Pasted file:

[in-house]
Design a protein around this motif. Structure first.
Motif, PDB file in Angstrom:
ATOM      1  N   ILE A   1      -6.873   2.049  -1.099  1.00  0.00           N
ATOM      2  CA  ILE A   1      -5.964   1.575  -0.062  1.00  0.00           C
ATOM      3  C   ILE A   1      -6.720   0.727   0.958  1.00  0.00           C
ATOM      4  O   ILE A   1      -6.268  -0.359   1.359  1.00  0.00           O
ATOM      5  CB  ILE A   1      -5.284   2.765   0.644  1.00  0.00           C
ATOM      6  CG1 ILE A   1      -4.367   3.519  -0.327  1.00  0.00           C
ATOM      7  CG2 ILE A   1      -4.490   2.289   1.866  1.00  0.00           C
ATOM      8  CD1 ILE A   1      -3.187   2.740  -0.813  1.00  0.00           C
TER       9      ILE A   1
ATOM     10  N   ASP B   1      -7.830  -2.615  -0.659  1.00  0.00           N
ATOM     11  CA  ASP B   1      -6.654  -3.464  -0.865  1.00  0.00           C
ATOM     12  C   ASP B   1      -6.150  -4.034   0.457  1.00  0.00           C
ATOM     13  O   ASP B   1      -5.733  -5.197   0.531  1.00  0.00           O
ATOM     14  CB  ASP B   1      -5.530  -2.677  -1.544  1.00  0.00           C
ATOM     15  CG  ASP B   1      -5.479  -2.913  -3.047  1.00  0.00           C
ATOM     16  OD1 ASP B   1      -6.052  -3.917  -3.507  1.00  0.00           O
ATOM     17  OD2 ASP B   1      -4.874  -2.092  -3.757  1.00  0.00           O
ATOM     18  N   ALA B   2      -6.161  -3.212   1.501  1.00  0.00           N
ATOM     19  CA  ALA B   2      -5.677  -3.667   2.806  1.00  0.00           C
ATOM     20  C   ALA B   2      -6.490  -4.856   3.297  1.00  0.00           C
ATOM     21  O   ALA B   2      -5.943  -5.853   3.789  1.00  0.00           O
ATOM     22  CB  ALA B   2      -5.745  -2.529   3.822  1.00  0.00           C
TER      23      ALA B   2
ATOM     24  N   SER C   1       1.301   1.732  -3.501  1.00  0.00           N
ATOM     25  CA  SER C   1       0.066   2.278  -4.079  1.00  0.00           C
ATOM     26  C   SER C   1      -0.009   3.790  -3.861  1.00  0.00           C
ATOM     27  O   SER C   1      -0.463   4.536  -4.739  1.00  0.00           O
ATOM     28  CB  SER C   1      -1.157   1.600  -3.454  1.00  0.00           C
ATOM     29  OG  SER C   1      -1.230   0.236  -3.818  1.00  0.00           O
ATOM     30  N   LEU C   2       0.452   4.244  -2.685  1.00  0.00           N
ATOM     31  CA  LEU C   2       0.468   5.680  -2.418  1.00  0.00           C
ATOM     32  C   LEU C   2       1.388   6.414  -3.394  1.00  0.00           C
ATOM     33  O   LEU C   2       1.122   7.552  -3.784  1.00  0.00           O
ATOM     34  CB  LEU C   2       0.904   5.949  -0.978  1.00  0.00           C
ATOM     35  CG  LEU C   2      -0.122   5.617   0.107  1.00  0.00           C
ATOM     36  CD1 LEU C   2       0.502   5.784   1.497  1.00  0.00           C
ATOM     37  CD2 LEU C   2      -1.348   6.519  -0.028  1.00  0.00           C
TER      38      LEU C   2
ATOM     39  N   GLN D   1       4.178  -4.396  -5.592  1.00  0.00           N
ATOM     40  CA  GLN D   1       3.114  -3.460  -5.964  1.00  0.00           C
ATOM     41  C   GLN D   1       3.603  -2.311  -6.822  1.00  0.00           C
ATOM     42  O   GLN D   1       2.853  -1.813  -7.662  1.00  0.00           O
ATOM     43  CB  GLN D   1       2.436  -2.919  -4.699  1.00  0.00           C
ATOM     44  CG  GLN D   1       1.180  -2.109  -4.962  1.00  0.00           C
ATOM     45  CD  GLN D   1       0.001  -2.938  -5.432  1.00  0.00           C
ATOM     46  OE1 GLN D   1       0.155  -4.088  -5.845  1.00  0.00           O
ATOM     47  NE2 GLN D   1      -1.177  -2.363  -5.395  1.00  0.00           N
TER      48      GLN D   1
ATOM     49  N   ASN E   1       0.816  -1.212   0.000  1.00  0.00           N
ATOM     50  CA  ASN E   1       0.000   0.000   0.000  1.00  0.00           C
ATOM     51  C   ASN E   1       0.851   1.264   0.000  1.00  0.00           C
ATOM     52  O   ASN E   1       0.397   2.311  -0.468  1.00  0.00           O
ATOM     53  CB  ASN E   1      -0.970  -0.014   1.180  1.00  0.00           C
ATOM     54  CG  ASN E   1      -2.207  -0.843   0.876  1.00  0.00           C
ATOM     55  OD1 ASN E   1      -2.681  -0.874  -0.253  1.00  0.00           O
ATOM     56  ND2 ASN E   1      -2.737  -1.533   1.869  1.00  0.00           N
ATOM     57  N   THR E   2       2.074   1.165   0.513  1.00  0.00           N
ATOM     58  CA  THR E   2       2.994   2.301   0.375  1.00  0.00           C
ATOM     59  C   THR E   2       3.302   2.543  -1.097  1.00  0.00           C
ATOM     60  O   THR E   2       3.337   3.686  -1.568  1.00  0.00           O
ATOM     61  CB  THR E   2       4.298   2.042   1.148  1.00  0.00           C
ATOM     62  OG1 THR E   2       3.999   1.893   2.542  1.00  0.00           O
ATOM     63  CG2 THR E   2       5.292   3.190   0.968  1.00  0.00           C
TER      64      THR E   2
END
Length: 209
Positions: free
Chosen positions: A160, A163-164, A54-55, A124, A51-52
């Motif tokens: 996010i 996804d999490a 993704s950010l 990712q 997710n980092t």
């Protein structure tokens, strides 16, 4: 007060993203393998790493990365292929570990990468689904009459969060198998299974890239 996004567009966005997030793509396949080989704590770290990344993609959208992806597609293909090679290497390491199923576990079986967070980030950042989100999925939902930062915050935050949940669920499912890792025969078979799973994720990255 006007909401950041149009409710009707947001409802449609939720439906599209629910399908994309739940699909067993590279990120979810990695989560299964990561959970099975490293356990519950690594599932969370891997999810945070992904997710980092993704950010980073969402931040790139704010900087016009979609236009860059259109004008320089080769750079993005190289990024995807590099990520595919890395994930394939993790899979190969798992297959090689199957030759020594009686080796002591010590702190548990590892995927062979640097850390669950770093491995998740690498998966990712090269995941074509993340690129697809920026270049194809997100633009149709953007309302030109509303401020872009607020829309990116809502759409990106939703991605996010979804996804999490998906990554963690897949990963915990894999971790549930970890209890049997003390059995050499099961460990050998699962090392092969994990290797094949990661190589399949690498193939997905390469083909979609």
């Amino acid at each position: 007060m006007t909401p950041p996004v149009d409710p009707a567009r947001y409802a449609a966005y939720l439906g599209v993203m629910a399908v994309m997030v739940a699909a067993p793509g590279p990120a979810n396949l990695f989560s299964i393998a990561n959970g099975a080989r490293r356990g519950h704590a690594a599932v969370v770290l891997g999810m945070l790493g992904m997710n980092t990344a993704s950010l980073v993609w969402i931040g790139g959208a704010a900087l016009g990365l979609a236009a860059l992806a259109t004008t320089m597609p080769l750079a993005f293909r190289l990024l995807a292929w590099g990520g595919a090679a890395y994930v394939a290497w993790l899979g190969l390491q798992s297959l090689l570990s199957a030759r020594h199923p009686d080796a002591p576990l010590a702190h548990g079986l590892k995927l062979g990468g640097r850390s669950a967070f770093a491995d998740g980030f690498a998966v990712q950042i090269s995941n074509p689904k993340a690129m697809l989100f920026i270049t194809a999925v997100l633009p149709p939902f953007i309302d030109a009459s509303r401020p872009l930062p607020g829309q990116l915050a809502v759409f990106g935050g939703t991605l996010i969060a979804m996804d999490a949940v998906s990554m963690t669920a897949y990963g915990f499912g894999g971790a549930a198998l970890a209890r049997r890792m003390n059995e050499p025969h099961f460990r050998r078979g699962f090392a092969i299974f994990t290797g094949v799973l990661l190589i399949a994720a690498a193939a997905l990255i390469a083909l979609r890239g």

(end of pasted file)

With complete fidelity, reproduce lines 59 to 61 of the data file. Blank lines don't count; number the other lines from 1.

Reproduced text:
ATOM     56  ND2 ASN E   1      -2.737  -1.533   1.869  1.00  0.00           N
ATOM     57  N   THR E   2       2.074   1.165   0.513  1.00  0.00           N
ATOM     58  CA  THR E   2       2.994   2.301   0.375  1.00  0.00           C